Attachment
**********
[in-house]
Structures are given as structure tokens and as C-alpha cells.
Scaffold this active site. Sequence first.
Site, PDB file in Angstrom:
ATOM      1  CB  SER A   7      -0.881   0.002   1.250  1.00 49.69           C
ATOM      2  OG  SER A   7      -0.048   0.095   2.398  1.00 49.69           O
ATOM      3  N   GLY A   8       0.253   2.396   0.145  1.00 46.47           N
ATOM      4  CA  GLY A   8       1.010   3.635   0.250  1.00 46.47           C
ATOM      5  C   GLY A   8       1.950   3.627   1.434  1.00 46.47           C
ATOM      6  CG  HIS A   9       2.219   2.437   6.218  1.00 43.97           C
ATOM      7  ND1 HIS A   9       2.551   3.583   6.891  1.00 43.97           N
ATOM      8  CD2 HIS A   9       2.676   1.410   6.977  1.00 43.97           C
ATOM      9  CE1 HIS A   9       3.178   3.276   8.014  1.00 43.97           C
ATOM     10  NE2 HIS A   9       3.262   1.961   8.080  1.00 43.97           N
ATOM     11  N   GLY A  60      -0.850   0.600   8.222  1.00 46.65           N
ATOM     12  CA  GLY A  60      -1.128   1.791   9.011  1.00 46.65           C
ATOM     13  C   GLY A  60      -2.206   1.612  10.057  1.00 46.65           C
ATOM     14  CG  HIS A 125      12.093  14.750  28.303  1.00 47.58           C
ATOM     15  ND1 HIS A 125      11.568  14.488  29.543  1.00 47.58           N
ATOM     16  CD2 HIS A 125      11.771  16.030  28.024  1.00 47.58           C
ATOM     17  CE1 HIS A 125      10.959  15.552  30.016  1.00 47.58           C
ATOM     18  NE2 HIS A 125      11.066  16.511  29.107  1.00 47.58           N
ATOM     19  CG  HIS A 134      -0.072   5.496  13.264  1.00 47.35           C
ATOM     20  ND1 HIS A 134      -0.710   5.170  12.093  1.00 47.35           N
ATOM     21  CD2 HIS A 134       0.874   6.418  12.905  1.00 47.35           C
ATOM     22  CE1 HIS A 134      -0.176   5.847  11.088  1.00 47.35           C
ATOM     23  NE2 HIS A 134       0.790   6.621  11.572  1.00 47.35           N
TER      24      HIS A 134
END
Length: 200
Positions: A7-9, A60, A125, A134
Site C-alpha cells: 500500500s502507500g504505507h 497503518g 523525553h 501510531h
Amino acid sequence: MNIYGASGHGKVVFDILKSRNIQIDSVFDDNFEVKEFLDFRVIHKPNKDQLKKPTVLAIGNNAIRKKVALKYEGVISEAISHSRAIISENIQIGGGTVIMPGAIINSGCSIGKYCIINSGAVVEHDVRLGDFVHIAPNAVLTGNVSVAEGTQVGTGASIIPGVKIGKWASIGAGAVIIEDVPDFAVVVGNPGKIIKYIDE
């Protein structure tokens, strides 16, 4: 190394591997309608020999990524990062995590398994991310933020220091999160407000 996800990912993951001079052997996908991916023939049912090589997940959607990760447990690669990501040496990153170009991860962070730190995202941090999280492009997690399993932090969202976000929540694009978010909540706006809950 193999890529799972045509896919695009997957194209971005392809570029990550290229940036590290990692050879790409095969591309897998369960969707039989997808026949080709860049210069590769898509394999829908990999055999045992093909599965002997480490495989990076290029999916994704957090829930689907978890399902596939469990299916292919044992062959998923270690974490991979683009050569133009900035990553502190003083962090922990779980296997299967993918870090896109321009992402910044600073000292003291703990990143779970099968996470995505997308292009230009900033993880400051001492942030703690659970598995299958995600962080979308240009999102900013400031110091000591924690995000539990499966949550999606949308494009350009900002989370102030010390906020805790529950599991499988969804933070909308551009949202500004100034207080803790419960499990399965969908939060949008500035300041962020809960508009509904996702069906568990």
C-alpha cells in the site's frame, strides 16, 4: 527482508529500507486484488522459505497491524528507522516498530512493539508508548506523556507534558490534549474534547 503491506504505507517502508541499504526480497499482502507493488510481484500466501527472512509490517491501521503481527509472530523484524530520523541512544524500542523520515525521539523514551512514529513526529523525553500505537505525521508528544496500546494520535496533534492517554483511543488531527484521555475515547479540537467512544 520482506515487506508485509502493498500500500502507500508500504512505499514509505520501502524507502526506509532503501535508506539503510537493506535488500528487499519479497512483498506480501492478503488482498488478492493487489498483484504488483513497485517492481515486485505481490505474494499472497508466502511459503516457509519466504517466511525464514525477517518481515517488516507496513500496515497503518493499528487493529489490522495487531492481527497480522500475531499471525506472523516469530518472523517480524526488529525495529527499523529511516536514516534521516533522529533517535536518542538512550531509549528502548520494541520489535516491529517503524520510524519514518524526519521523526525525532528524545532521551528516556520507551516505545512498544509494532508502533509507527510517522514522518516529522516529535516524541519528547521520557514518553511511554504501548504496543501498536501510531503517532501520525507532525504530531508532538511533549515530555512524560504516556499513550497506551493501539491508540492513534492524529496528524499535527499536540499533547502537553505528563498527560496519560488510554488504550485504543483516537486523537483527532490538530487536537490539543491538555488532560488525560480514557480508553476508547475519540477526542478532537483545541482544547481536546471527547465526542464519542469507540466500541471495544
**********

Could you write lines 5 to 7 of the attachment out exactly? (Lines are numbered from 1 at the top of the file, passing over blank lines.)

ATOM      1  CB  SER A   7      -0.881   0.002   1.250  1.00 49.69           C
ATOM      2  OG  SER A   7      -0.048   0.095   2.398  1.00 49.69           O
ATOM      3  N   GLY A   8       0.253   2.396   0.145  1.00 46.47           N